Many big businesses have offices in different states and countries, so sometimes, a conference call is the only way for managers to communicate with various teams across the globe.

Table of Contents:

  1. Create an agenda
  2. Manage distractions
  3. Use visual aids to help them “see” structure and individual elements
  4. Encourage participation
  5. Consider video conferencing
  6. Use high-quality audio technology

One of the downsides to remote meetings is the lack of engagement, which causes many professionals to disengage or multitask during a call. Many managers prefer face-to-face meetings over remote ones. Distraction is tough competition, especially when participants are hidden from view. However, there are ways to improve remote collaboration.


1. Create an agenda


Before any conference call, plan ahead and write down your goals and objectives. Think about the purpose of the call and what you want to address in it. Is your meeting all about producing new ideas? Are you meeting to discuss an issue or conflict? By setting your objective, you get to manage expectations.

If you are the moderator, send emails to everyone the day before the meeting to remind them of the time and subject matter, and to provide them with a list of all the participants and their respective titles. If the call includes a client, mention the product or service to be discussed. Be sure to ask if any of the attendees need to leave early, as this may affect how you structure and prioritize the agenda.

Send out a copy of your agenda as well as any materials to all the invitees so they will be able to review and prepare ahead of the call. Be clear about the estimated duration of the meeting so your participants can plan their schedules accordingly. Outline any rules or instructions prior to the call so your attendees know what is expected from them. This includes requesting them to put off all other communication, such as emails, phone calls, and private discussions, until after the call. This way, they will be less likely to attempt multitasking.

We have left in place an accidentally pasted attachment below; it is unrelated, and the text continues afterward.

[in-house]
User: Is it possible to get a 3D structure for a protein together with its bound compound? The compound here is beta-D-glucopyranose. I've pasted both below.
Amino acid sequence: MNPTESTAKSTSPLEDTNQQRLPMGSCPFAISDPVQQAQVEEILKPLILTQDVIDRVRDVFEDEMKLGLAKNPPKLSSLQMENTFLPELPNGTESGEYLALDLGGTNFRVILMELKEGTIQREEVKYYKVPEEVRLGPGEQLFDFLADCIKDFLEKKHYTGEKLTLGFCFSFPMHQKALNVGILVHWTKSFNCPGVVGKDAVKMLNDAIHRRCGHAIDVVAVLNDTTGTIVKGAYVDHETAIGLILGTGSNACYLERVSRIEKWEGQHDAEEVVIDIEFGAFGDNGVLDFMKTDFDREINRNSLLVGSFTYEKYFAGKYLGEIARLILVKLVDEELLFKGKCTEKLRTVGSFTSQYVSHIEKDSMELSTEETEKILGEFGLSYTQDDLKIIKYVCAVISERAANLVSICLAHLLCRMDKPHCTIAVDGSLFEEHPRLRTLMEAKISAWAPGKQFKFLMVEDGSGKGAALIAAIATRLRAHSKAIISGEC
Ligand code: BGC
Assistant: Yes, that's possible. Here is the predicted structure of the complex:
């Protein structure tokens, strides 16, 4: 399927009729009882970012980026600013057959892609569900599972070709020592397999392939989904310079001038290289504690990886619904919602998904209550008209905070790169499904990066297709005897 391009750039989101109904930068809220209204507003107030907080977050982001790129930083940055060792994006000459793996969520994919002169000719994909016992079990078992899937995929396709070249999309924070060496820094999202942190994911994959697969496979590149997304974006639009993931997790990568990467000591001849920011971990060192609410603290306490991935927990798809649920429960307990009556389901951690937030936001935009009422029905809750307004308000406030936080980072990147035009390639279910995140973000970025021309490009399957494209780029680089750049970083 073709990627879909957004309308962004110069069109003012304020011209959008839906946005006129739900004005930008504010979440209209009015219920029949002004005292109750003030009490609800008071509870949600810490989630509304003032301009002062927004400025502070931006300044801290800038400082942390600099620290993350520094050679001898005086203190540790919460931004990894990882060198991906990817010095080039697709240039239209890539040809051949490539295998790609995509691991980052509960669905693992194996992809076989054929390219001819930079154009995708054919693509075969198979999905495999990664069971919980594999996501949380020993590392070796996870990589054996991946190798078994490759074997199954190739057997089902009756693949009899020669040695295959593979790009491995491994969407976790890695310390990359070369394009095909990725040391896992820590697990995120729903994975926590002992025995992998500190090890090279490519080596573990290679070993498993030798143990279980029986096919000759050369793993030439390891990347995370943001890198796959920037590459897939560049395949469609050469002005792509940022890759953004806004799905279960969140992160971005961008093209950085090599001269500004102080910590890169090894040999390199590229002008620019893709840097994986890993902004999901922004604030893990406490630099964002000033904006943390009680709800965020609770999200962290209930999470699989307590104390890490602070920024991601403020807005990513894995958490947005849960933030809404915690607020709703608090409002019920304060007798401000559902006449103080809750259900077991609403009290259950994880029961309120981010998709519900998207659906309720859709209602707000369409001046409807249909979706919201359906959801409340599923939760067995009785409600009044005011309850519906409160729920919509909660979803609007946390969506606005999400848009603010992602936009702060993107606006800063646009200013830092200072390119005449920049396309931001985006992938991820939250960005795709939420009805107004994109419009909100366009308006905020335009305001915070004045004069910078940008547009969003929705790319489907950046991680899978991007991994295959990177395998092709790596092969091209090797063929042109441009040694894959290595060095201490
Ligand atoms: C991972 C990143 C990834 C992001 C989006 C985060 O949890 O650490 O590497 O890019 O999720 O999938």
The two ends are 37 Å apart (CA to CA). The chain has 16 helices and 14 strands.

When the call starts, introduce the participants, along with their title, to each other even if only a few are present. Have them name themselves whenever they speak to let others know who is talking. Next, lay out the agenda. Stay on topic and keep the discussion flowing linearly. Do your best to stick to the projected timeframe so you do not lose participation and attentiveness. If you must extend, give the attendees the option to drop out at the scheduled time. This way, they will feel your respect for their time and might even consider giving more of it to you.

If an attendee has a question that may steer things off course, make a note of it and tell them you will be happy to discuss it with them after the call. This way, other participants will not be hostage to a conversation that has nothing to do with them. However, if the question will benefit others, go back to it when you have wrapped everything up or have time left.

2. Manage distractions

Keeping everyone focused during a conference call is difficult. These remote meetings are often plagued by common distractions that result in others losing focus. Background noise, for one, is an irritant. It makes hearing the conversation over the phone line hard, making others miss important information. If you are using a microphone or speakerphone, be aware of your location and surroundings. You do not want your device to pick up every little sound you make. Be also aware of your electronics as they can cause interference, affecting the quality of your call.

If needed, mute. Sometimes, you or your participants may have to sneeze, cough or talk to someone else during the call. Let your attendees know beforehand that if they encounter an issue, it is important to put themselves on mute so others can keep focused. If you rely on a speakerphone, mute until you or someone else in the room has to speak.